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No resolution in sight for trio of rigs detained in Cromarty Firth

Ocean Princess at Port of Cromarty Firth
Ocean Princess at Port of Cromarty Firth

A trio of oil rigs whose departure from the UK was blocked two years ago amid safety and environmental concerns are still in the Cromarty Firth.

Scottish Environment Protection Agency (Sepa) stepped in to prevent the rigs’ exit in 2018 after being made aware of concerns they would be illegally taken to beaches in India or Bangladesh for scrapping.

In these locations the dismantling of oil rigs and vessels — often containing toxic and radioactive substances — is typically undertaken in highly dangerous conditions by labourers armed with blowtorches and no protective gear.

Energy Voice reported in January 2018 that Sepa had opened an investigation and would not let the rigs leave until it received reassurances from the owner.

The units in question are the Ocean Princess, Ocean Nomad and Ocean Vanguard, all formerly owned by Diamond Offshore Drilling, which has an office in Aberdeen.

At the time, Port of Cromarty Firth confirmed the trio had been sold to GMS, a US-based firm which describes itself as the world’s largest cash buyer of ships for recycling.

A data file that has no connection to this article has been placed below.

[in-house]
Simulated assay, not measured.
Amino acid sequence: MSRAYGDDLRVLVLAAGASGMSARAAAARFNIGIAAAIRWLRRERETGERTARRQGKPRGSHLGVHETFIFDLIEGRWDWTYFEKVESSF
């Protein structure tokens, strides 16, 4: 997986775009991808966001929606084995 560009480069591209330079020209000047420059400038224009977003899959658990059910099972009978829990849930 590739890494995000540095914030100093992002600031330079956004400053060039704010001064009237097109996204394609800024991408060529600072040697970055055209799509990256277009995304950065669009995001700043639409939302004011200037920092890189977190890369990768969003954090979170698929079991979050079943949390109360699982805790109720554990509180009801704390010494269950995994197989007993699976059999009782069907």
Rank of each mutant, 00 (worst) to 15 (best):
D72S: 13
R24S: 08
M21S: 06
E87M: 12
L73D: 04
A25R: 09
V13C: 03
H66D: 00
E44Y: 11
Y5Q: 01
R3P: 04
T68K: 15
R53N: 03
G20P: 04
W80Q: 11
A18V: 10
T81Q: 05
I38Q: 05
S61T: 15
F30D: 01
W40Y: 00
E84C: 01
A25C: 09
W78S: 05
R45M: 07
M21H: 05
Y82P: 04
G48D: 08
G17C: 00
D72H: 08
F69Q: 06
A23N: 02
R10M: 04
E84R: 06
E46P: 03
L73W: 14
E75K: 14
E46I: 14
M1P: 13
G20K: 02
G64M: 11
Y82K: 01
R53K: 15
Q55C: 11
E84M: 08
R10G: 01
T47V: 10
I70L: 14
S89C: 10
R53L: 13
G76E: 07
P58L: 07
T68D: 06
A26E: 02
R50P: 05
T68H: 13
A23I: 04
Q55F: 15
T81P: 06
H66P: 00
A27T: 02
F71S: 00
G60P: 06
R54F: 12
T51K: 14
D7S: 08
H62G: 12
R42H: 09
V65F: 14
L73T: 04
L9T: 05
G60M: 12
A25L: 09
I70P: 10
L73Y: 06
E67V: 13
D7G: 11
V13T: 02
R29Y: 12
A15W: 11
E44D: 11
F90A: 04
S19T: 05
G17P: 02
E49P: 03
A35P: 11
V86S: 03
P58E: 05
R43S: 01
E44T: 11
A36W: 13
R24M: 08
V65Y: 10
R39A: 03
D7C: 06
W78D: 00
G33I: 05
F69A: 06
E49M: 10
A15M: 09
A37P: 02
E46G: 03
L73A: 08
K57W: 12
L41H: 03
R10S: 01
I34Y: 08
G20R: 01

Two months later, Sepa revealed it had handed down a formal notice preventing their removal without its written permission.

A pair Chinese heavy lift vessels which were contracted to start transporting the rigs and got as far as the Moray Firth were sent packing.

The rigs remain in Cromarty Firth.

Sepa chief executive Terry A’Hearn said today: “The vessels won’t move until we have full confidence in the plans for the safe, secure decommissioning of these assets and that the host country is likewise satisfied.

“Our first preference is to realise the economic and environmental opportunity of North Sea decommissioning right here in Scotland.

“Where that’s not possible, Sepa works with partner agencies to ensure that infrastructure which has driven our prosperity doesn’t become someone else’s environmental problem.

“We do this because where decommissioning doesn’t occur in stringently controlled, specialist centres like those in Scotland, the processes can pose a serious risk to our environment and human health.”

The rigs are now the subject of a BBC Disclosure documentary into the shady world of oil rig decommissioning, to be aired tonight.

BBC found that Diamond sold five rigs to GMS. According to the documentary, two of the rigs, which had been operating in US waters, were subsequently sold on by GMS and have wound up in shipbreaking yards in Alang, India.

GMS told BBC it didn’t own the three rigs in Cromarty Firth, while Diamond insisted its sales contracts require that companies who buy its rigs “comply with all applicable laws”.

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